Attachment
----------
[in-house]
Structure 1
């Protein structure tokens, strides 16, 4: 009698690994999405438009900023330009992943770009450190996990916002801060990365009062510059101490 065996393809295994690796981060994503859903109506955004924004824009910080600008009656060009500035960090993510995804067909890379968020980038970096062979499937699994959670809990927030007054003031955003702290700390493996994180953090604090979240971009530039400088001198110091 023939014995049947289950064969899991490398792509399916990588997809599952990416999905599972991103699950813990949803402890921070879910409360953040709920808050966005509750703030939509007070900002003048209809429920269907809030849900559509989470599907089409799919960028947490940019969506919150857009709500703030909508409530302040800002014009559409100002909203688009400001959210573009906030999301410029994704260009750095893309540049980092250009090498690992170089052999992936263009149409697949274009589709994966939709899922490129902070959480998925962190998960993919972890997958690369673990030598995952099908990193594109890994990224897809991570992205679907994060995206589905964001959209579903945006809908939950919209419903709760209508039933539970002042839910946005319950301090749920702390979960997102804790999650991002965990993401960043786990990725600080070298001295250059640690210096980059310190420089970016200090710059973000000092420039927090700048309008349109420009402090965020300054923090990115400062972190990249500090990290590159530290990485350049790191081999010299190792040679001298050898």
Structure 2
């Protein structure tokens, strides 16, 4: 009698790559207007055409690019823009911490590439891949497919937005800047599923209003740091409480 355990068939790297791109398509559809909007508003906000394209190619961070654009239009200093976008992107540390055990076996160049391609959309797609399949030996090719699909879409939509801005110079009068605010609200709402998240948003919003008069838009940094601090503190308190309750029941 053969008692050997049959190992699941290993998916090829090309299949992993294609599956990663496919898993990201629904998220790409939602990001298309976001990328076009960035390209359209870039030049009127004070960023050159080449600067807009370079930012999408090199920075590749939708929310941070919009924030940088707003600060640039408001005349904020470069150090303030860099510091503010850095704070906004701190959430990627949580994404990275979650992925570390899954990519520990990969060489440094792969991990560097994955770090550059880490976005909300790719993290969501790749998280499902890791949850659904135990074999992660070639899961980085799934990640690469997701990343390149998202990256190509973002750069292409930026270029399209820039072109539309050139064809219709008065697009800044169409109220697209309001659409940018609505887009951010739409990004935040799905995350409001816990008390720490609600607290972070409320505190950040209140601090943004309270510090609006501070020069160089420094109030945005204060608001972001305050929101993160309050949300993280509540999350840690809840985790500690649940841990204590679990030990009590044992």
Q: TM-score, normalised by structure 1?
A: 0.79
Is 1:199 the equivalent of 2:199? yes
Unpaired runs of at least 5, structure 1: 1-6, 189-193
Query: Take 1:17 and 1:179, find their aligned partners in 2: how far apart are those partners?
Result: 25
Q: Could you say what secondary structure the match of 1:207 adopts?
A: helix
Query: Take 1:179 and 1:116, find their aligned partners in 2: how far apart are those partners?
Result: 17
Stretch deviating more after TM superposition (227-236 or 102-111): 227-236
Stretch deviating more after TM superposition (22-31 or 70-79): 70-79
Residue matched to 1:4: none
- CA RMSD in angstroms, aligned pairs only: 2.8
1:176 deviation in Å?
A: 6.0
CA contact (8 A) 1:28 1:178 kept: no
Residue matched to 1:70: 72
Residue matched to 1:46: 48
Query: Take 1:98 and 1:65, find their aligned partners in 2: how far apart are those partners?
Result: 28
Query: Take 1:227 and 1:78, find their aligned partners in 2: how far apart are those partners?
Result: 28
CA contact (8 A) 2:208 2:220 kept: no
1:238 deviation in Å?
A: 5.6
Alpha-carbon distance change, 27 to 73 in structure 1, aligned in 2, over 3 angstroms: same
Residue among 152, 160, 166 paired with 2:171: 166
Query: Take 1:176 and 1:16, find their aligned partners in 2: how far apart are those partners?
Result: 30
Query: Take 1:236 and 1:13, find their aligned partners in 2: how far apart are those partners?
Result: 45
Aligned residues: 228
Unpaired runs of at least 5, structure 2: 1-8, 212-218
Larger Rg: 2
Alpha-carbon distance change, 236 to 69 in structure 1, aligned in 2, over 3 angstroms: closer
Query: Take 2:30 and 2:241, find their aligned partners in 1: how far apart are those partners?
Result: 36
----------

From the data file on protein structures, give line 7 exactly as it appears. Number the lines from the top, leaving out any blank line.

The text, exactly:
A: 0.79